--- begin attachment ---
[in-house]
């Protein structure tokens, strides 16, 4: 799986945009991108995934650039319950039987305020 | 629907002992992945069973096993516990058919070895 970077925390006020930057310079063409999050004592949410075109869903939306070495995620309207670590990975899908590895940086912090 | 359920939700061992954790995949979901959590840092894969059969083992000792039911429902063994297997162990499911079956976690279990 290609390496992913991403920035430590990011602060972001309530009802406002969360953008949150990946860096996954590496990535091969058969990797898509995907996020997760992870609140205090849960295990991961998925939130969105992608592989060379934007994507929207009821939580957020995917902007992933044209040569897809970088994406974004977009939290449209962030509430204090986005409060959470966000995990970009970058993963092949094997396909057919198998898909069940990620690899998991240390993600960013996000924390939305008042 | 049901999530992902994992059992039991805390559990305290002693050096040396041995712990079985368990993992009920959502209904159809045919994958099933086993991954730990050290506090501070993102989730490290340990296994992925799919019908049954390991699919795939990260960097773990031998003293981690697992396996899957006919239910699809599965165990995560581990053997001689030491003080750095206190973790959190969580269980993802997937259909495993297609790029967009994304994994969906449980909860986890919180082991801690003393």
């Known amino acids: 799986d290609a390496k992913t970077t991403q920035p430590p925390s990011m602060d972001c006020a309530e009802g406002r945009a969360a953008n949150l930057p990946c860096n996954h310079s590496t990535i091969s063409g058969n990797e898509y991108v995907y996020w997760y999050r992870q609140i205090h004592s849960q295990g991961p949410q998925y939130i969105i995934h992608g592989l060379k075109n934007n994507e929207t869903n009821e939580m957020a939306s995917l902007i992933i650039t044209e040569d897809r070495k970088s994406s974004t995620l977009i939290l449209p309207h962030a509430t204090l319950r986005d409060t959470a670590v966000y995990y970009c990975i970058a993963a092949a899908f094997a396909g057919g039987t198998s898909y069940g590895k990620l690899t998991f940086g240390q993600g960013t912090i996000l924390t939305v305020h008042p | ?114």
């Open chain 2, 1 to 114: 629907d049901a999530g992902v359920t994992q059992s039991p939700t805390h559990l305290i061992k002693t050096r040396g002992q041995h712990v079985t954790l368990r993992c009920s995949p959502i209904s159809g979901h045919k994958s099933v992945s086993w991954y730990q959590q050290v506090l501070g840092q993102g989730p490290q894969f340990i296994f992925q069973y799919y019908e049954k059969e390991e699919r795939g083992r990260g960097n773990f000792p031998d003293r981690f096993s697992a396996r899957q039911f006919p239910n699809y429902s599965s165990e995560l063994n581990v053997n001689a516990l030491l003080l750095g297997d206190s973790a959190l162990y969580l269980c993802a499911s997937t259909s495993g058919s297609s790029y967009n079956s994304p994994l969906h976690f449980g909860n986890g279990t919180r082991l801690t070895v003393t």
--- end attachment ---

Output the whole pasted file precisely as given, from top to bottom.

[in-house]
């Protein structure tokens, strides 16, 4: 799986945009991108995934650039319950039987305020 | 629907002992992945069973096993516990058919070895 970077925390006020930057310079063409999050004592949410075109869903939306070495995620309207670590990975899908590895940086912090 | 359920939700061992954790995949979901959590840092894969059969083992000792039911429902063994297997162990499911079956976690279990 290609390496992913991403920035430590990011602060972001309530009802406002969360953008949150990946860096996954590496990535091969058969990797898509995907996020997760992870609140205090849960295990991961998925939130969105992608592989060379934007994507929207009821939580957020995917902007992933044209040569897809970088994406974004977009939290449209962030509430204090986005409060959470966000995990970009970058993963092949094997396909057919198998898909069940990620690899998991240390993600960013996000924390939305008042 | 049901999530992902994992059992039991805390559990305290002693050096040396041995712990079985368990993992009920959502209904159809045919994958099933086993991954730990050290506090501070993102989730490290340990296994992925799919019908049954390991699919795939990260960097773990031998003293981690697992396996899957006919239910699809599965165990995560581990053997001689030491003080750095206190973790959190969580269980993802997937259909495993297609790029967009994304994994969906449980909860986890919180082991801690003393």
């Known amino acids: 799986d290609a390496k992913t970077t991403q920035p430590p925390s990011m602060d972001c006020a309530e009802g406002r945009a969360a953008n949150l930057p990946c860096n996954h310079s590496t990535i091969s063409g058969n990797e898509y991108v995907y996020w997760y999050r992870q609140i205090h004592s849960q295990g991961p949410q998925y939130i969105i995934h992608g592989l060379k075109n934007n994507e929207t869903n009821e939580m957020a939306s995917l902007i992933i650039t044209e040569d897809r070495k970088s994406s974004t995620l977009i939290l449209p309207h962030a509430t204090l319950r986005d409060t959470a670590v966000y995990y970009c990975i970058a993963a092949a899908f094997a396909g057919g039987t198998s898909y069940g590895k990620l690899t998991f940086g240390q993600g960013t912090i996000l924390t939305v305020h008042p | ?114």
């Open chain 2, 1 to 114: 629907d049901a999530g992902v359920t994992q059992s039991p939700t805390h559990l305290i061992k002693t050096r040396g002992q041995h712990v079985t954790l368990r993992c009920s995949p959502i209904s159809g979901h045919k994958s099933v992945s086993w991954y730990q959590q050290v506090l501070g840092q993102g989730p490290q894969f340990i296994f992925q069973y799919y019908e049954k059969e390991e699919r795939g083992r990260g960097n773990f000792p031998d003293r981690f096993s697992a396996r899957q039911f006919p239910n699809y429902s599965s165990e995560l063994n581990v053997n001689a516990l030491l003080l750095g297997d206190s973790a959190l162990y969580l269980c993802a499911s997937t259909s495993g058919s297609s790029y967009n079956s994304p994994l969906h976690f449980g909860n986890g279990t919180r082991l801690t070895v003393t």